Invest in vital public services and learn pandemic lessons, says UNISON

Christina McAnea gives first annual conference address as general secretary

Addressing the UNISON annual conference earlier today (Wednesday) general secretary Christina McAnea urged the government to bring forward the start of the Covid public inquiry, ditch plans to compel nervous care workers to be jabbed and invest in the public services that have kept the UK running during the pandemic.

Christina McAnea said: “I’m incredibly proud to be speaking to you as the first woman general secretary in the history of our union. I must first pay tribute to my predecessor Dave Prentis. Under his leadership UNISON became the biggest union in the country.

“So much has happened in the two years since our last conference. Brexit, the Tories now have a massive majority in Westminster, and lives have been turned upside down by the pandemic.

“So many have been affected by this terrible virus, and have lost friends, colleagues and family members.

“Covid’s shone a spotlight on inequality at home and around the world. It’s highlighted the racism and discrimination all around us.

“It’s had a disproportionate impact on black people, women, disabled people and those on low incomes. This isn’t a coincidence, or bad luck, and it certainly isn’t down to life choices.

“It’s because they’re more likely to be in jobs that can’t be done from home. Whether it’s cleaners and catering staff, bus and delivery drivers, care and health workers, or those who empty our bins and bury the dead.

“These people and many others still had to go to work throughout each lockdown, however bad things were. That meant using public transport and perhaps working closely with people who don’t understand self-isolation or social distancing.

“Despite everything, public service workers have kept the country going during the pandemic. They’ve not made a fuss – they’ve just got on and done their jobs.

“Time and again though, key workers were needlessly exposed to danger because they weren’t given the protective equipment so desperately needed.

“Workers wearing PPE made from bin bags and masks from old bits of clothing. Care staff were given disposable face coverings and told to make them last a week. This must never happen again.

“Lessons must be learned from this crisis, so we’re better prepared for the next one. There’s no hiding from the fact the UK has one of the worst Covid death rates in the world.  

“The UK wasn’t prepared. Much of that’s down to ten years of Westminster cuts, austerity and underinvestment in public services. That’s why there must be an urgent public inquiry without delay.

“Those people who used the pandemic to make themselves rich must also be held to account. Cronies of government ministers, family members, and even ministers themselves – involved in shady deals where companies sprang up literally overnight, claiming to be able to get PPE deals that never materialised or were so shoddy they couldn’t be used.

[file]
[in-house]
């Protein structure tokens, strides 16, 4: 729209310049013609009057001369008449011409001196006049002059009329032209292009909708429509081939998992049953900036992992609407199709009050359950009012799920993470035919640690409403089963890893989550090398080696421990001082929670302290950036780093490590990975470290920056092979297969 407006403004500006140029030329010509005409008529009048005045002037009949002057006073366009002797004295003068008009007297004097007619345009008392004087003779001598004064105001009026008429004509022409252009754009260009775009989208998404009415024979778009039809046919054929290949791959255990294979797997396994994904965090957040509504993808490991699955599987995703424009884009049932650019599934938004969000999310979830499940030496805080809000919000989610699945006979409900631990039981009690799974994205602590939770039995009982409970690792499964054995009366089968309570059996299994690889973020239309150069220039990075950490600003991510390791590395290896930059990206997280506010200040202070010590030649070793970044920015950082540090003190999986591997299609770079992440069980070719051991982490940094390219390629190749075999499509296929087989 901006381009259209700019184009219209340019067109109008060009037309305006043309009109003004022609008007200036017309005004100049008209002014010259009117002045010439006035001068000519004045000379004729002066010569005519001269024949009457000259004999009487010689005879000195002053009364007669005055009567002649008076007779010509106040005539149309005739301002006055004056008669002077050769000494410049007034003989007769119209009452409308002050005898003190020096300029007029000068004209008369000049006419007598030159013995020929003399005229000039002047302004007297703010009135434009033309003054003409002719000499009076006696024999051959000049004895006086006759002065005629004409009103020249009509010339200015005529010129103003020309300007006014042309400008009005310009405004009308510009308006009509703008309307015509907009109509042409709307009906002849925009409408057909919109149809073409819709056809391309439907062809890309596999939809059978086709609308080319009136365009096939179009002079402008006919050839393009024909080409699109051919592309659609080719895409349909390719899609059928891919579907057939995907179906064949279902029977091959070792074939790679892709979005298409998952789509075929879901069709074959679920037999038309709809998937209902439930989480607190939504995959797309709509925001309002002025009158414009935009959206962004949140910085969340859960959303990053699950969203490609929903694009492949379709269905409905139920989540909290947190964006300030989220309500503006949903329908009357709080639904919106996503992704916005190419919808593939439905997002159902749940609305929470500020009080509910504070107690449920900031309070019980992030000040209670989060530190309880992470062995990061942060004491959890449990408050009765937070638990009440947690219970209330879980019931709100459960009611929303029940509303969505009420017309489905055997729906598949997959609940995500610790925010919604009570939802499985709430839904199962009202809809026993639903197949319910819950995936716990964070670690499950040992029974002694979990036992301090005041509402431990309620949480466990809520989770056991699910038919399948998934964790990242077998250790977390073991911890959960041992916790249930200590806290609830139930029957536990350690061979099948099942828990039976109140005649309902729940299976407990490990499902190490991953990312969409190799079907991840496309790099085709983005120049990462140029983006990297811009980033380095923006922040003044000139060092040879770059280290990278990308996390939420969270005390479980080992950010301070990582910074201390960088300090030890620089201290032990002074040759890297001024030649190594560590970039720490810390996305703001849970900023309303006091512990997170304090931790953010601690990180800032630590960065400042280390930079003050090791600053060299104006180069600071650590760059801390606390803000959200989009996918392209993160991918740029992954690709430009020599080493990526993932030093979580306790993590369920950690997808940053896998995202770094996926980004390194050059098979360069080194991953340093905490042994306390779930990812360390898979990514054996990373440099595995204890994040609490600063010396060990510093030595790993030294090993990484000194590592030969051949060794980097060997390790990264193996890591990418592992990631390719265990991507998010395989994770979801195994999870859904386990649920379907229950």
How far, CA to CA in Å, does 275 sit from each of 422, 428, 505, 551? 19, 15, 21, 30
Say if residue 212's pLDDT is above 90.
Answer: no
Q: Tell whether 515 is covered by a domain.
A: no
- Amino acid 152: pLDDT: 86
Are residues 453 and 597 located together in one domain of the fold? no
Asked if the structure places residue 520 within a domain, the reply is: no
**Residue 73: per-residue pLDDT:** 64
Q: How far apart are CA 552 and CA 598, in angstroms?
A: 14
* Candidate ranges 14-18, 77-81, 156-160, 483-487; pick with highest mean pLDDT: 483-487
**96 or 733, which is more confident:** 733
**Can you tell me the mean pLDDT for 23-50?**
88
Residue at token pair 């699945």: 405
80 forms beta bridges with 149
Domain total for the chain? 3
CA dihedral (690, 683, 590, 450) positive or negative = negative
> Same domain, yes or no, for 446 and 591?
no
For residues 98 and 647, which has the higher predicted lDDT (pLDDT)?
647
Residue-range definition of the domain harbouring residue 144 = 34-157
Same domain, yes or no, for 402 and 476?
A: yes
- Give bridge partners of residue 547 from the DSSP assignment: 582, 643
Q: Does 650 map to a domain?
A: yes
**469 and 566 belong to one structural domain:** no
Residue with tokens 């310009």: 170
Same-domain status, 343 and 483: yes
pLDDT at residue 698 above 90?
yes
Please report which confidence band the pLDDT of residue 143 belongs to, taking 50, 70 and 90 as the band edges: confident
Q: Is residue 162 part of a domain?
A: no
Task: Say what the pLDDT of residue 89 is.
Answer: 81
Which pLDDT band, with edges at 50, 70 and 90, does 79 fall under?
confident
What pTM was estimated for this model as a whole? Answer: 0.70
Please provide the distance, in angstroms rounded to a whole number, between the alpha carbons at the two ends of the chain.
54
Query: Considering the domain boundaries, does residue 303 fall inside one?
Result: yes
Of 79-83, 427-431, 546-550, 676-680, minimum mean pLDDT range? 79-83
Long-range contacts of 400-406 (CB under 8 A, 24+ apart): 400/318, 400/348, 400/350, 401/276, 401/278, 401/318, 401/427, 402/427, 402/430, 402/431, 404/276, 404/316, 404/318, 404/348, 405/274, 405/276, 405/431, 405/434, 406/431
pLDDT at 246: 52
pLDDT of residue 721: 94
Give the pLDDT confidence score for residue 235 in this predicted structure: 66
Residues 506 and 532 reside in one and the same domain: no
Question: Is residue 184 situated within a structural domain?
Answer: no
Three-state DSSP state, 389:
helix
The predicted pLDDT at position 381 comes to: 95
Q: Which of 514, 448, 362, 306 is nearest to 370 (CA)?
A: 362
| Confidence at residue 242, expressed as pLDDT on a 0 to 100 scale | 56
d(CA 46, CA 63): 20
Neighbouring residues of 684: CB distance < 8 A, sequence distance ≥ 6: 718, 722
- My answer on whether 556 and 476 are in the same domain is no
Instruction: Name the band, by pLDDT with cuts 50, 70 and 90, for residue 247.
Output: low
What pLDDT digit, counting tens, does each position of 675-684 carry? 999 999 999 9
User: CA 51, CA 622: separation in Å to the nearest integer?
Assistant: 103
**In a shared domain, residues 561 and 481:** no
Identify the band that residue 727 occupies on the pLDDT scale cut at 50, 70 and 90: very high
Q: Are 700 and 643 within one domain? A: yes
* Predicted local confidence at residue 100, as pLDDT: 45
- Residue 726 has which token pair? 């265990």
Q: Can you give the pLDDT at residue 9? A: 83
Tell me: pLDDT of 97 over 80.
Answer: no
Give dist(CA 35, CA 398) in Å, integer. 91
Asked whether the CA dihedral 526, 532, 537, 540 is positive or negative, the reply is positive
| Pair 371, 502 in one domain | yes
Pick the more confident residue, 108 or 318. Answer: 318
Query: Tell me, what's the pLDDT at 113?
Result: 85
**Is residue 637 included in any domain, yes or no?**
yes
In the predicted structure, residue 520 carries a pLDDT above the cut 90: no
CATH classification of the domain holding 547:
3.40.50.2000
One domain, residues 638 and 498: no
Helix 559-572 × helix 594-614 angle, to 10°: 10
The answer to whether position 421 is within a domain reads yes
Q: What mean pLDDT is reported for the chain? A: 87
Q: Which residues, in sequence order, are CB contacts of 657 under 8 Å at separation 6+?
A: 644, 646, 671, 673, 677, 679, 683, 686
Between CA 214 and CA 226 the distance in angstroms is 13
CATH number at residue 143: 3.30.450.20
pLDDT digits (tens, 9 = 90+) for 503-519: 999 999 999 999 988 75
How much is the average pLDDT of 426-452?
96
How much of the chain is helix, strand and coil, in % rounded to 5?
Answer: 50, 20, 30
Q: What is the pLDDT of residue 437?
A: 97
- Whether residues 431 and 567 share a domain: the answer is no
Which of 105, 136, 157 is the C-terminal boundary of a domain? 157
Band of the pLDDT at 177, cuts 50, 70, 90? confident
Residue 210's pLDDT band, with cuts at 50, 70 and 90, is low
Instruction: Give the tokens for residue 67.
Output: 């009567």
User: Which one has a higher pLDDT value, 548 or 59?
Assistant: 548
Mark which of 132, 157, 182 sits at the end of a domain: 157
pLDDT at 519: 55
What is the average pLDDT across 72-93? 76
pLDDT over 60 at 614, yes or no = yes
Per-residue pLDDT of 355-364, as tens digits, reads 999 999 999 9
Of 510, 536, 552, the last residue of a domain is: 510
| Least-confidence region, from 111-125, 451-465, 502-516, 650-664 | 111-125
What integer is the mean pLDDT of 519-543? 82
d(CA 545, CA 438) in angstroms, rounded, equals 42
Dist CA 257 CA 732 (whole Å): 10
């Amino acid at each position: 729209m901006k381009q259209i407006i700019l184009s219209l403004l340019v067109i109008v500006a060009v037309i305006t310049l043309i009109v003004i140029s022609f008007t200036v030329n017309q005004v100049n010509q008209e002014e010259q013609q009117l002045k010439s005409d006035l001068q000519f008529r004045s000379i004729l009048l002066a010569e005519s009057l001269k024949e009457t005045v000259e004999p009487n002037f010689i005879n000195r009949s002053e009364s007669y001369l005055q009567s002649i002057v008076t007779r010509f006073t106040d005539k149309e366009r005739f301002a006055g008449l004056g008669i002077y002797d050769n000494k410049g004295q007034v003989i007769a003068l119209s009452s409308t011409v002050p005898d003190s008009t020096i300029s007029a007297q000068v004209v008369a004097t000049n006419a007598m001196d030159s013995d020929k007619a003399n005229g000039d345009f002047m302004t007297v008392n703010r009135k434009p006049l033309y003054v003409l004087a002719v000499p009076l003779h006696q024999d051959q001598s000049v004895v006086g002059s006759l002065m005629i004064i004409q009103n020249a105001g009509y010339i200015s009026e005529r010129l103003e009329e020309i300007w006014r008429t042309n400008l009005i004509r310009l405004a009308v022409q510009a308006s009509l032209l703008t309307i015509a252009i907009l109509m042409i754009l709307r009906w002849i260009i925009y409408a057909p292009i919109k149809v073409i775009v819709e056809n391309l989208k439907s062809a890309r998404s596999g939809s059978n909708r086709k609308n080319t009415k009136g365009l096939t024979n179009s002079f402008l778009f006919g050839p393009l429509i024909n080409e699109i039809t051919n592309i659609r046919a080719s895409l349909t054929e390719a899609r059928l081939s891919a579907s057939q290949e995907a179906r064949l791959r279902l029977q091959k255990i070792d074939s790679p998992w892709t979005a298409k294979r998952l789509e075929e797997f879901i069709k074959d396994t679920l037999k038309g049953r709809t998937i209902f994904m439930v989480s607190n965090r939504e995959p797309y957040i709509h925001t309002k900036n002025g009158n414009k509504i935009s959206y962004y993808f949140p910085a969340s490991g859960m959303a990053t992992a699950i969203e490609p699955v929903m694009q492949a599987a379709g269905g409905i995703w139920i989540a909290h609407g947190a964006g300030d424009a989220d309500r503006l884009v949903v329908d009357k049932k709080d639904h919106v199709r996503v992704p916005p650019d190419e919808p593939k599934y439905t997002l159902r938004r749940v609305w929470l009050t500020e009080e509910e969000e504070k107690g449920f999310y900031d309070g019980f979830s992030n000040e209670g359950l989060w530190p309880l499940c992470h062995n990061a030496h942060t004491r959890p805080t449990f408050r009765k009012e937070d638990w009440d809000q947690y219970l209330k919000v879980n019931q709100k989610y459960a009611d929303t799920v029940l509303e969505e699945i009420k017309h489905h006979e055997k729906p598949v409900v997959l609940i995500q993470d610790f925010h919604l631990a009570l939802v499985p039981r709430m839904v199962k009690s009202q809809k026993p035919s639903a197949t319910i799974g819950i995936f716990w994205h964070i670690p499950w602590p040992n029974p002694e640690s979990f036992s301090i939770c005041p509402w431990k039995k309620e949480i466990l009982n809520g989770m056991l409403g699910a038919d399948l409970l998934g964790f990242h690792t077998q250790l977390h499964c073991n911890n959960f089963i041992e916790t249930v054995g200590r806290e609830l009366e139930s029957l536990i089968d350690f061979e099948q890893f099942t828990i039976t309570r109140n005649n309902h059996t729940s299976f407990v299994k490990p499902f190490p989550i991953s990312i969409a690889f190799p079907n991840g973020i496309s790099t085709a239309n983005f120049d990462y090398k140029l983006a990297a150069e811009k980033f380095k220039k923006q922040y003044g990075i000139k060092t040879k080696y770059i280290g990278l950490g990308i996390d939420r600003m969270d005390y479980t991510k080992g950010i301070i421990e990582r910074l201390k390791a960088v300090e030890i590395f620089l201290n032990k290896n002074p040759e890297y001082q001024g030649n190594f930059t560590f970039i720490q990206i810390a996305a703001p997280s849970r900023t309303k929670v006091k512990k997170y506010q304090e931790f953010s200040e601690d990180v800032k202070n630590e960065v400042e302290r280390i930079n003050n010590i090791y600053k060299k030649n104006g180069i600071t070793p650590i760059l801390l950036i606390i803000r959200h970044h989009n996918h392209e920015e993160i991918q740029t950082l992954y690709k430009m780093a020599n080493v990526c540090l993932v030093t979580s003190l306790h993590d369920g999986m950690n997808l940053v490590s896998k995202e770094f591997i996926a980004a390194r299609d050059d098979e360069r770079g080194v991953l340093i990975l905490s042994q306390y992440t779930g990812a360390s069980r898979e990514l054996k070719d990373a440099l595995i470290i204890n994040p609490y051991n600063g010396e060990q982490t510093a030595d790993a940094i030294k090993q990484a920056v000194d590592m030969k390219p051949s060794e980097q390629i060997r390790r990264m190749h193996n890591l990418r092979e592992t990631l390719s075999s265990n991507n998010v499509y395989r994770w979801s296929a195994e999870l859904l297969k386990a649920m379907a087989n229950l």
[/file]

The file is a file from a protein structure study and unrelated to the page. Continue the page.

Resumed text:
“Even when services and equipment were provided, the profits made were eye-watering. If we don’t learn from these mistakes, we will inevitably end up repeating them with similar dire consequences.

“The virus has taught us who we really depend on when the chips are down. It wasn’t the hedge fund managers and management consultants, but our public services – stretched almost to breaking point – that will get us through.

“Despite years of cuts and government mismanagement, the NHS didn’t collapse under the enormous pressure it faced. Local government continued to hold communities together.

“But strong public services depend on people being paid and treated fairly. Governments in Scotland and Wales have rejected Westminster’s pay freeze. They’re committed to working with unions on improving pay and delivering a decent care system.

“In Westminster however, the Tories talk about their levelling-up agenda. But true levelling-up means an employment bill to end zero-hours contracts, and fire and rehire practices.

“Levelling up must also mean the real living wage as an absolute minimum and an end to the pay freeze; a commitment to rebuild local government services and a meaningful reform of social care.

“The only way out of the pandemic is for everyone that can to have their jabs. Encouragement has the best results and research shows coercion makes the nervous less likely to be vaccinated.

“The government’s sledgehammer approach with its compulsory vaccination announcement has created the risk that some care staff may simply walk away from an already understaffed, undervalued and underpaid sector.”

Notes to editors:
– The full text of Christina McAnea’s speech at UNISON’s annual conference, which runs from 15-17 June, is here.
– UNISON is the UK’s largest union, with more than 1.3 million members providing public services in education, local government, the NHS, police service and energy. They are employed in the public, voluntary and private sectors.

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